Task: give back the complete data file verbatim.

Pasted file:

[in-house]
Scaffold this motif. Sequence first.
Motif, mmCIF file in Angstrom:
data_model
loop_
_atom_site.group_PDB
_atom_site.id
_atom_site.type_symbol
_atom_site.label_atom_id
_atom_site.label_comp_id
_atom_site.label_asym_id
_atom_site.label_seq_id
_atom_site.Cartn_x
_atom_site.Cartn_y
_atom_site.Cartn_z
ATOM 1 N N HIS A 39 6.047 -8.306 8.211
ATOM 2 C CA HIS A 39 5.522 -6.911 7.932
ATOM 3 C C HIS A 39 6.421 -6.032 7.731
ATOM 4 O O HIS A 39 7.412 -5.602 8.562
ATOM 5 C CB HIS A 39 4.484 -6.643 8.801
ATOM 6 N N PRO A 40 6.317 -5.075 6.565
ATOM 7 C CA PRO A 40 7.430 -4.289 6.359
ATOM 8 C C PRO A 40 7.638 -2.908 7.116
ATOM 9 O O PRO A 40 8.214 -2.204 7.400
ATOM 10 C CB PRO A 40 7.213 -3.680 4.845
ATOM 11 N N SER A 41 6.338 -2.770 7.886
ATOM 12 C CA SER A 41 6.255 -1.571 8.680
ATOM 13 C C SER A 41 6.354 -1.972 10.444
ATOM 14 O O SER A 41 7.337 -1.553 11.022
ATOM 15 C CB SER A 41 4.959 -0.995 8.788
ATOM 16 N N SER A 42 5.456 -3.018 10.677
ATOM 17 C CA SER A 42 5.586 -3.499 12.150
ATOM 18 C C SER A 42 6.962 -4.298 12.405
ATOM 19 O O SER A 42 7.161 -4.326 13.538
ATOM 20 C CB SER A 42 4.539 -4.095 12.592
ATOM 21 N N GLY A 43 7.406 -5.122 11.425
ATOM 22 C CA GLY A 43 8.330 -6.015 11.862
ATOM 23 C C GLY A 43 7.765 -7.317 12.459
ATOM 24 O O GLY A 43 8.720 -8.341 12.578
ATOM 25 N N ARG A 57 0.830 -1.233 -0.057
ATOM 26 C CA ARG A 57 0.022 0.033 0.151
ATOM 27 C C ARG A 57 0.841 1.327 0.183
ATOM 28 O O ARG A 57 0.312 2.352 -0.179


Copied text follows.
[in-house]
Scaffold this motif. Sequence first.
Motif, mmCIF file in Angstrom:
data_model
loop_
_atom_site.group_PDB
_atom_site.id
_atom_site.type_symbol
_atom_site.label_atom_id
_atom_site.label_comp_id
_atom_site.label_asym_id
_atom_site.label_seq_id
_atom_site.Cartn_x
_atom_site.Cartn_y
_atom_site.Cartn_z
ATOM 1 N N HIS A 39 6.047 -8.306 8.211
ATOM 2 C CA HIS A 39 5.522 -6.911 7.932
ATOM 3 C C HIS A 39 6.421 -6.032 7.731
ATOM 4 O O HIS A 39 7.412 -5.602 8.562
ATOM 5 C CB HIS A 39 4.484 -6.643 8.801
ATOM 6 N N PRO A 40 6.317 -5.075 6.565
ATOM 7 C CA PRO A 40 7.430 -4.289 6.359
ATOM 8 C C PRO A 40 7.638 -2.908 7.116
ATOM 9 O O PRO A 40 8.214 -2.204 7.400
ATOM 10 C CB PRO A 40 7.213 -3.680 4.845
ATOM 11 N N SER A 41 6.338 -2.770 7.886
ATOM 12 C CA SER A 41 6.255 -1.571 8.680
ATOM 13 C C SER A 41 6.354 -1.972 10.444
ATOM 14 O O SER A 41 7.337 -1.553 11.022
ATOM 15 C CB SER A 41 4.959 -0.995 8.788
ATOM 16 N N SER A 42 5.456 -3.018 10.677
ATOM 17 C CA SER A 42 5.586 -3.499 12.150
ATOM 18 C C SER A 42 6.962 -4.298 12.405
ATOM 19 O O SER A 42 7.161 -4.326 13.538
ATOM 20 C CB SER A 42 4.539 -4.095 12.592
ATOM 21 N N GLY A 43 7.406 -5.122 11.425
ATOM 22 C CA GLY A 43 8.330 -6.015 11.862
ATOM 23 C C GLY A 43 7.765 -7.317 12.459
ATOM 24 O O GLY A 43 8.720 -8.341 12.578
ATOM 25 N N ARG A 57 0.830 -1.233 -0.057
ATOM 26 C CA ARG A 57 0.022 0.033 0.151
ATOM 27 C C ARG A 57 0.841 1.327 0.183
ATOM 28 O O ARG A 57 0.312 2.352 -0.179